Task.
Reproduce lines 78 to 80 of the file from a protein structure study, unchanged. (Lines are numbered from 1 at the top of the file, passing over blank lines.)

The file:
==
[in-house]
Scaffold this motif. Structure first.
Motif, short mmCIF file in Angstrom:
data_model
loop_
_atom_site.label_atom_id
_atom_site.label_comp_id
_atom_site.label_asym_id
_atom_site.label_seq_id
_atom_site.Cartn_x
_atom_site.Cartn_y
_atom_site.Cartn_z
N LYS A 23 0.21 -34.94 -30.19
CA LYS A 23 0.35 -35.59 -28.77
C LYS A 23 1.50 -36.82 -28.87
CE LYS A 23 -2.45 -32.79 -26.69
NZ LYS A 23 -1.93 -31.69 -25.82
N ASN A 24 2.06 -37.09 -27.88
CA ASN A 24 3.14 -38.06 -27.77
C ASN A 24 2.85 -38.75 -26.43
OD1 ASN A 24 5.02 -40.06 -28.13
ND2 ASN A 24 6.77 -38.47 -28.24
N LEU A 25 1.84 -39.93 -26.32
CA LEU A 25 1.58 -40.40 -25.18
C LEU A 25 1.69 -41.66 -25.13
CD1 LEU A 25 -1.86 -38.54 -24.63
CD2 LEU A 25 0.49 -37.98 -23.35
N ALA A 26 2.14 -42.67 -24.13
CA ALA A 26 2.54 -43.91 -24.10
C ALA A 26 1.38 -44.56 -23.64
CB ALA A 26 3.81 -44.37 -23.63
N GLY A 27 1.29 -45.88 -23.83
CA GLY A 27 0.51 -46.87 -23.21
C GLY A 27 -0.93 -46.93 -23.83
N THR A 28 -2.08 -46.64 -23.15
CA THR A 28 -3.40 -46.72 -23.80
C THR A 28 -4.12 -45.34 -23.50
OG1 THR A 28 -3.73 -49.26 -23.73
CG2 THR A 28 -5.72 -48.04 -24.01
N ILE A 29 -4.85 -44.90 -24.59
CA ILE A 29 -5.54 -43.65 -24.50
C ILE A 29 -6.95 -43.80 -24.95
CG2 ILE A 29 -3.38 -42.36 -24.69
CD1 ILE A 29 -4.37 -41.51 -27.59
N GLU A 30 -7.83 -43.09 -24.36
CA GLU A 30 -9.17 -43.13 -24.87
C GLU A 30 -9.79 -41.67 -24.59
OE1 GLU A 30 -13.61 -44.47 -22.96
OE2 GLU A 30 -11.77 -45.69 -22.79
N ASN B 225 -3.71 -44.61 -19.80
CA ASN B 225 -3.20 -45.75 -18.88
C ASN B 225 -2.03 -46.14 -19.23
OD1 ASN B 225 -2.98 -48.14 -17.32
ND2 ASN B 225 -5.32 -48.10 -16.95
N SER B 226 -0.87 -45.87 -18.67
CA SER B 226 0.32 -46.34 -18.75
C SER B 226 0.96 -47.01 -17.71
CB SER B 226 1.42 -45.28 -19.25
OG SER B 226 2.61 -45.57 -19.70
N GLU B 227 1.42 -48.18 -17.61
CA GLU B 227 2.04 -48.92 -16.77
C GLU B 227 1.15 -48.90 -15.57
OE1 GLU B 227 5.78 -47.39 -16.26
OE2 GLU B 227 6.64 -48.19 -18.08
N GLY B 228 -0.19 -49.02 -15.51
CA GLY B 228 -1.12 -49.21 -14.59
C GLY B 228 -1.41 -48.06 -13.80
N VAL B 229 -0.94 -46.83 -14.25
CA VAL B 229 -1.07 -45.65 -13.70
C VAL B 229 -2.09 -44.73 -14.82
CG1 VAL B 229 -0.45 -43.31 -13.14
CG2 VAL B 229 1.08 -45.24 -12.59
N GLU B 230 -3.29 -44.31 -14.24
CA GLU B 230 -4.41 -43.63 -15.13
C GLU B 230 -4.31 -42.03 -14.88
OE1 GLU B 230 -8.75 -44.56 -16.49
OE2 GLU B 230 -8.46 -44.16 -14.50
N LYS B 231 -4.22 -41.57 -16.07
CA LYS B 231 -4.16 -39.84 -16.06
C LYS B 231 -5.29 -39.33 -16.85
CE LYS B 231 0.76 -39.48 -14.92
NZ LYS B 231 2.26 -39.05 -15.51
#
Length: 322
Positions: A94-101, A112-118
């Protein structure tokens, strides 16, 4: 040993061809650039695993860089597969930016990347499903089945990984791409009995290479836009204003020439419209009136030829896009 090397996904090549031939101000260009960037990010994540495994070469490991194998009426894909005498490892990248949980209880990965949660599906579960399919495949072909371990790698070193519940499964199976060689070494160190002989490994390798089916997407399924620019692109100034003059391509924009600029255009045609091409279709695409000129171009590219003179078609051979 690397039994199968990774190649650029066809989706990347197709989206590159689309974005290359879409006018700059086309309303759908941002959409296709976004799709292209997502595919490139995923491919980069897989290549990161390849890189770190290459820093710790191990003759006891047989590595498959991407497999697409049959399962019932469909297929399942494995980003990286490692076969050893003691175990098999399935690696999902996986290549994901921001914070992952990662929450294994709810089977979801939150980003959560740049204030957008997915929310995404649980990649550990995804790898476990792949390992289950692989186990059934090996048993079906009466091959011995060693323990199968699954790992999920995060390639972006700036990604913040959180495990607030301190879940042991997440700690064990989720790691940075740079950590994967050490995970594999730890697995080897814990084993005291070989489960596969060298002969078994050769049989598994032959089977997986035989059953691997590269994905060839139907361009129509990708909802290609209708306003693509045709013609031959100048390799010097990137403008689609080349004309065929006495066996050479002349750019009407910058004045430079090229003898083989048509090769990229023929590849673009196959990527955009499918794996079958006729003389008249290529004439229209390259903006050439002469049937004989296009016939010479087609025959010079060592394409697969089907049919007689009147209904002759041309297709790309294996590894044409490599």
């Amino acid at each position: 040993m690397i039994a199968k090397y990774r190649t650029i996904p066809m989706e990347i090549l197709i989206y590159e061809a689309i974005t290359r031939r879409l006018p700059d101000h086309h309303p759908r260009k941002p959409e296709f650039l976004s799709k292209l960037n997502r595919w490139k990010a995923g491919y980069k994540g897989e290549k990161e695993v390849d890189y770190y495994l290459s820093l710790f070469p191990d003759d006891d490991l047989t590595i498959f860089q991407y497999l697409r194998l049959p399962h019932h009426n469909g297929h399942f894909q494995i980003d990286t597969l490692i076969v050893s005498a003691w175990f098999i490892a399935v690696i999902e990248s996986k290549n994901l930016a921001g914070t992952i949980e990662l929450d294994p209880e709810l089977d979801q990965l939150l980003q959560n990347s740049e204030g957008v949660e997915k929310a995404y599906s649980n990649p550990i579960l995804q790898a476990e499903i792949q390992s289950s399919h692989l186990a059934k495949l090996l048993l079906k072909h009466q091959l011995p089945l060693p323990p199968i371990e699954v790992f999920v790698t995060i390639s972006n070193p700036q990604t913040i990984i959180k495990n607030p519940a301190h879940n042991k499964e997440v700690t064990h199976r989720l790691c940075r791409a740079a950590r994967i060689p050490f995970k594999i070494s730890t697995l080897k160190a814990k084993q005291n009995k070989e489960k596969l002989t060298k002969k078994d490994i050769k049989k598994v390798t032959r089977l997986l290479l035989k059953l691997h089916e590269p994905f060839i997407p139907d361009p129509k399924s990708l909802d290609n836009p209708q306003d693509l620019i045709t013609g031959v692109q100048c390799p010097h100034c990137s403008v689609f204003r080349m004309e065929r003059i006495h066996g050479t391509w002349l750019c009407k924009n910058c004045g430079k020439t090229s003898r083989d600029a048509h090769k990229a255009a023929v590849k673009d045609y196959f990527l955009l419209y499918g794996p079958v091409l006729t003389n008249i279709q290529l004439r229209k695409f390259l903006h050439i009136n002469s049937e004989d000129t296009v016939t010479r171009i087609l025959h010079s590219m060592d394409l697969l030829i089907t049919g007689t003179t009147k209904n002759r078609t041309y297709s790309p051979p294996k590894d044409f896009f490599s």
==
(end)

N LYS B 231 -4.22 -41.57 -16.07
CA LYS B 231 -4.16 -39.84 -16.06
C LYS B 231 -5.29 -39.33 -16.85